Entertainment Weekly Ghostbusters Exclusives

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We were informed, albeit a little later then we would have preferred that EW’s website has two Ghostbusters reunions articles that aren’t part of the print issue, uh we don’t think. Fact check much?

  1. Ghostbusters: An Oral History
  2. The Painful What-If That Haunts ‘Ghostbuster’ Ernie Hudson

Photos Sources: Entertainment Weekly, Spook Central (Facebook)

Entertainment Weekly Ghostbusters Cast Reunion

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Ghostbusters cast members Dan Aykroyd, Bill Murray, Ernie Hudson, Sigourney Weaver, Annie Potts and director Ivan Reitman reunited for EW‘s 2014 The Reunions Issue.  A cast photo takes up much of the cover, over The Fabulous Baker Boys, Mean Girls, and Sports Night reunions. This special double issue uh hits newsstands this Friday, November 7, 2014. Continue reading

Ghostbusters Commercial Alternate Takes

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One of the most famous commercials in movie history comes from Ghostbusters. Without it, we wouldn’t have seen the power of advertising. Conveniently a TV that was mysteriously left on for Dana (foreshadowing) let her know who to call (and with no address or obvious map) how to get to this new GHOSTBUSTERS business.

Before their can be a movie based on real events or a commercial, it has to be filmed. Sure my employers had a real commercial, it would have looked a little out of place with the rest of Ghostbusters being those comedic actors.

Also because Columbia Pictures hadn’t worked out the movie rights for the name GHØSTBUSTERS from those other fictional guys and a deal hadn’t been finalized with the Ghostbusters, all those involved with filming Ghostbusters filmed alternate takes with different “business” names. Ya know, just in case and it wouldn’t need to be re-filmed (which might not have been as great) in post production.

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Ivan Reitman On Recent Ghostbusters III Developments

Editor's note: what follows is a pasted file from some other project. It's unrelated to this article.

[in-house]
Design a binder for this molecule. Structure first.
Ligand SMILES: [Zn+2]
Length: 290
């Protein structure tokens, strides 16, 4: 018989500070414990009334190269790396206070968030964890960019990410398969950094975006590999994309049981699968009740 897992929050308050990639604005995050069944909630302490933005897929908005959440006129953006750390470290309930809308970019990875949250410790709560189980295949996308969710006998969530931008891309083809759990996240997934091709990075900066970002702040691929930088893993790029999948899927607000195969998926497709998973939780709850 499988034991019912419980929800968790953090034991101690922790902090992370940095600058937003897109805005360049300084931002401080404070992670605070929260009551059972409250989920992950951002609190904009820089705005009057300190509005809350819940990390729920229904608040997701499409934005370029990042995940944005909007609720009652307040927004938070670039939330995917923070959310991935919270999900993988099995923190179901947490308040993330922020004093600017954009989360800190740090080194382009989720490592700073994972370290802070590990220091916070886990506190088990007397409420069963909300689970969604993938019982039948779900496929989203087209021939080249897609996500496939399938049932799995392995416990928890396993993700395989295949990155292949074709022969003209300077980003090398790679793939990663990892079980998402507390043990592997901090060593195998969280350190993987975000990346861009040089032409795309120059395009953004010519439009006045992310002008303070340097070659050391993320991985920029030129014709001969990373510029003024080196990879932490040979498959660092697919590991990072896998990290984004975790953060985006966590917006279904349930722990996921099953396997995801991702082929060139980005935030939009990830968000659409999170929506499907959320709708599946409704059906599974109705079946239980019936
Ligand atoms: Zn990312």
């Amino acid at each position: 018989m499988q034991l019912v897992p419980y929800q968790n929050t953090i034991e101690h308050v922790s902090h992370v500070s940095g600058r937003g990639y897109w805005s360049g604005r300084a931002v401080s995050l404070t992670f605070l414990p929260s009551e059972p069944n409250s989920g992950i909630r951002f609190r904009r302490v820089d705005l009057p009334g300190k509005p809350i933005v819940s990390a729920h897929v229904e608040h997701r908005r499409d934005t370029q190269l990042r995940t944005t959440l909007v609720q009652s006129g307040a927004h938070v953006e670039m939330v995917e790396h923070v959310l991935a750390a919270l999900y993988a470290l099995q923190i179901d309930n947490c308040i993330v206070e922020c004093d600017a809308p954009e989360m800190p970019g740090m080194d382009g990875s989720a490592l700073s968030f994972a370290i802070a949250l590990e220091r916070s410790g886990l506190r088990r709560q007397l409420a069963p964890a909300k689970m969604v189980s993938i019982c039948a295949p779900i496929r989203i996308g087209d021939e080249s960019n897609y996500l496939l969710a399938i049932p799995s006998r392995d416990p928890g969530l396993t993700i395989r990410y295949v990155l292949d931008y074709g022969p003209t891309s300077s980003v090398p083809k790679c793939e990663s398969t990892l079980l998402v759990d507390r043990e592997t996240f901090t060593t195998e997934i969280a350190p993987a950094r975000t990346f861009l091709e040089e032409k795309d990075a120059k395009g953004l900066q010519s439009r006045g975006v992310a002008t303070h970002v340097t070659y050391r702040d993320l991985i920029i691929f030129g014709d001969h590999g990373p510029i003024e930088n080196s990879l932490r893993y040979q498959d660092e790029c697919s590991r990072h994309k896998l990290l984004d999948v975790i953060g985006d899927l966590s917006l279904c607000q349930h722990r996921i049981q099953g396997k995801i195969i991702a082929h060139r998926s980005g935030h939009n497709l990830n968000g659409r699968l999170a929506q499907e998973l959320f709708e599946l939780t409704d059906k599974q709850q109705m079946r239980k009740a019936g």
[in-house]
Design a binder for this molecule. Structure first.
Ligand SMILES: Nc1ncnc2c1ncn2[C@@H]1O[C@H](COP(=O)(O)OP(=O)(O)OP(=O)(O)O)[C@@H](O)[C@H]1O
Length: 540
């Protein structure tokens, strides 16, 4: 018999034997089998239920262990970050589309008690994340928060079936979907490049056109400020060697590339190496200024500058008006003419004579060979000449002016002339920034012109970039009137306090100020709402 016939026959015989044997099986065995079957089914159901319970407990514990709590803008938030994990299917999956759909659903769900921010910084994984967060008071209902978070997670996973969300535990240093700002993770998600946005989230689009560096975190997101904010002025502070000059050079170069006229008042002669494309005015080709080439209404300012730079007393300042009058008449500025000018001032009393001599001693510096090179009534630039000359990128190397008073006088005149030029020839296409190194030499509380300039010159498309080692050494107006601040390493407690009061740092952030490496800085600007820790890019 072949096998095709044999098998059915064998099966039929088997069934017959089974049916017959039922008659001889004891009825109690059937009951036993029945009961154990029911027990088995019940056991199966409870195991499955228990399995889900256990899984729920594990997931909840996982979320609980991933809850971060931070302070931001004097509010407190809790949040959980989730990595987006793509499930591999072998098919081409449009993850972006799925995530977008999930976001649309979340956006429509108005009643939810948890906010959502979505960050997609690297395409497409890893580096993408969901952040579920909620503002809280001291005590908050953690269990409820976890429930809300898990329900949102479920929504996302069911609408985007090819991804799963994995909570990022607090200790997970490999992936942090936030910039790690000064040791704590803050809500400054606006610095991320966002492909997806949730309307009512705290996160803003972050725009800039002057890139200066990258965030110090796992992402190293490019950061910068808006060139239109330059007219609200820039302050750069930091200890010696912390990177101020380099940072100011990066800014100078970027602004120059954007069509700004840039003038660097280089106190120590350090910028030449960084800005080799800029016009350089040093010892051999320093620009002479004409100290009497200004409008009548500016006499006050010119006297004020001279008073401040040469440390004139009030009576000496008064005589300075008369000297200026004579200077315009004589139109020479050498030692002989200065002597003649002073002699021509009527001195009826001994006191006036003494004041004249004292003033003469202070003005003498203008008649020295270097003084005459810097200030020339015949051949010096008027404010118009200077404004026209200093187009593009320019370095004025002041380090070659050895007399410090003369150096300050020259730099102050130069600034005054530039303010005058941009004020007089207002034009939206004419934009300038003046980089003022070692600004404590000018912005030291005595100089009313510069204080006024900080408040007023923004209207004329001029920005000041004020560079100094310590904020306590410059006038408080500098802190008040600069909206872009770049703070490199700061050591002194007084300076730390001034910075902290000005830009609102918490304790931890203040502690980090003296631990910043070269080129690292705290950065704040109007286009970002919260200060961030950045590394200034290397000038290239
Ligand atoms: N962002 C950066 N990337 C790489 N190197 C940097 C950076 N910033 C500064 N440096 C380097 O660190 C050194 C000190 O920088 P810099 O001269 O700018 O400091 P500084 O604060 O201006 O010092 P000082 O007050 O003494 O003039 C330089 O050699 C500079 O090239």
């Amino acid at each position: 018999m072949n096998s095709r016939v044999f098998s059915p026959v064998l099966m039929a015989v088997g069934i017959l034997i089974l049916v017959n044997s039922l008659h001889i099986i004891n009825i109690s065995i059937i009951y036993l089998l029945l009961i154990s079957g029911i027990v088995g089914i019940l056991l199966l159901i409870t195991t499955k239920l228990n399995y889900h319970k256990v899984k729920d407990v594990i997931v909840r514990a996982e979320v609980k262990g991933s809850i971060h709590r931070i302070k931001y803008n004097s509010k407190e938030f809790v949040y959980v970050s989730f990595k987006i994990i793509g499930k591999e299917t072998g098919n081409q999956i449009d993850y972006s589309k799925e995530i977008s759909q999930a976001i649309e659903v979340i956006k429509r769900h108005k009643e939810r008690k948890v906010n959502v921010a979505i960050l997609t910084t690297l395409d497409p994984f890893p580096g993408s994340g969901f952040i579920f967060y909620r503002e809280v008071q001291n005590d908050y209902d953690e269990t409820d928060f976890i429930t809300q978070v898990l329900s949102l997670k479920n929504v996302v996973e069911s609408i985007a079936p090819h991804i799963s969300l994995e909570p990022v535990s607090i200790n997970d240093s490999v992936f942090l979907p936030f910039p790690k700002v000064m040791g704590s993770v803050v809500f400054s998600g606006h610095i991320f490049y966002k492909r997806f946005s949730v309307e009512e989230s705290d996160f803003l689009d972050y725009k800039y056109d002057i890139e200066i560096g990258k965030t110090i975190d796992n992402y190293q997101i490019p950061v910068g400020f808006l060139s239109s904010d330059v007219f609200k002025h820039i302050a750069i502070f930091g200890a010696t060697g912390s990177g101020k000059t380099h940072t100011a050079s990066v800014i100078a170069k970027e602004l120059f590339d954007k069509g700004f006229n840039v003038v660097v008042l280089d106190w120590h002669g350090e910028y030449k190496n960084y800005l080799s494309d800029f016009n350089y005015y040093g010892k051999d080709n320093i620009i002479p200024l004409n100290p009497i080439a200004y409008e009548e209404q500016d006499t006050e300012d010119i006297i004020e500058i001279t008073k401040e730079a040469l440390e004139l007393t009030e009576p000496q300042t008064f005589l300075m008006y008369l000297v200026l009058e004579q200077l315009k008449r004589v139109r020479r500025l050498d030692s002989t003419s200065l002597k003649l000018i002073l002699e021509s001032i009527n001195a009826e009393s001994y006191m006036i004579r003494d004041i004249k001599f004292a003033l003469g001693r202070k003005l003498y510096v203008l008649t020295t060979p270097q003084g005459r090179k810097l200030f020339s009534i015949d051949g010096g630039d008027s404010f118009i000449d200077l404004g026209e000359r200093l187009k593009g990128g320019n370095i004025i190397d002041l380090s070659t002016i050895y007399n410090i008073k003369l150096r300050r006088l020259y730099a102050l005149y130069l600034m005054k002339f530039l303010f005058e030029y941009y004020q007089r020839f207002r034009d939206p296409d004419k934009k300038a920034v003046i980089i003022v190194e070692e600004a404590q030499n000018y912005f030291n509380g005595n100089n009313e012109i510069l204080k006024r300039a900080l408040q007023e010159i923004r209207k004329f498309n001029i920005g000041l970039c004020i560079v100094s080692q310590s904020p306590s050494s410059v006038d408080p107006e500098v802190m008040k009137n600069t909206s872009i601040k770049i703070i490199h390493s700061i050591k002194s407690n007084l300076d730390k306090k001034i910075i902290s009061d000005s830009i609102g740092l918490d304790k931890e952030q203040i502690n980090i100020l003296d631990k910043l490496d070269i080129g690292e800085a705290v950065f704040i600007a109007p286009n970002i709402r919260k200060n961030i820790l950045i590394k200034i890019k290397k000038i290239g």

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I’ve been waiting for Ghostbusters III to be made since 1990. I’ll let that sink in for a moment. True, I didn’t know generally movies aren’t usually fast tracked (its in an industry term) just like that. My 12 year old self thought about it, figured out the necessary logistics (even though I didn’t know that word yet) and crunched the really easy numbers. The conversation with myself went something like this:

If it took Ghostbusters II 5 years to get made, then Ghostbusters III will be made by 1995.

Going around in circles about why it was taking so long (in the pre internet days) about why the “easiest” movie to be made wasn’t could get frustrating. I’m less then a month away from boarding a train (what train, what are you talking about?) to leave 35 behind. I still remember walking home from school in the early 1990s thinking and feeling “Ghostbusters III.”

As much as I’ve talked about Ghostbusters III on and off-line, regardless of the countless rumors, tidbits, actual news, cheerleading, and the same quotes from Harold, Dan, Ivan, Ernie, (whose always the last to know) and on the rare occasion Bill I’ve taken a “wait and see; and believe it when it actually happens” approach.

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Cross The Streams Podcast – Episode 39 (Harold Ramis Tribute)

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Michael Gross, Robin Shelby, Johnny Ruckus, Alex Newborn, Chris Weller, Vee Labbs, Brandon Lee, Dennis Carter Jr, Jeff Lewis, Paul Hettinger, Jesse Sosa, Jason Fitsimmons, Eric Bunch, Erik Burnham, Chris Gay, Northeast Ohio Ghostbusters, Martin Rousseau, Timothy Lin, Adriana Munoz, Andrew Watley, Drew Guyer, Michael Miller, Simon Carr, Eric Cudworth, Todd Whalen, Derek Chartrand Wallace, Zac Crago, Ryan E. Kemp, Scott Silver, Robert Swarez, Mike Saproni, Bo Bearden, Kevin James, Chad Paulson, Adam Marish, Carl Lyon, and Dan Shoening.

Show Length: 58:46
File Size: 27 MB

Cross The Streams Episode 39

Photo Source: CTS

Harold Ramis Passes At 69

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Note: I’m back tracking this blog post as I’ve known about Harold’s passing since almost the beginning. With how some things were and what I wanted to post, I needed time. I would have thought it would have been before now, its also important to remember life continues.

I like many ghostheads and fans of the actors who portrayed our original movie heroes couldn’t picture a time when we’d talk about them because they’ve passed. That day first came on February 24, 2014 when everyone who would care found out Harold Ramis passed on. When all the news was breaking, I was oblivious as the weekday was kinda like others. I had been working on a yet to be published Ghostbusters Inc. update when my girlfriend and one of my ghosthead friends got in touch with me during the early afternoon. They were the kind of communications where you know someone close has passed. I didn’t quite know how to feel or what to think. It took time to process. It didn’t help that the day was the 24, which is very personal and can have more of an affect on me.

I understand why the Ramis family kept Harold’s illness private as possible. In an immediate “news” and “instant gratification” tabloid culture I’m happy those publications couldn’t report about it in recent years and have a chance to take things out of context or be exploitative. Of course once Harold Ramis passed from autoimmune inflammatory vasculitis some of those “media outlets” were going to report something and talk to Hollywood professionals, at times without notice.

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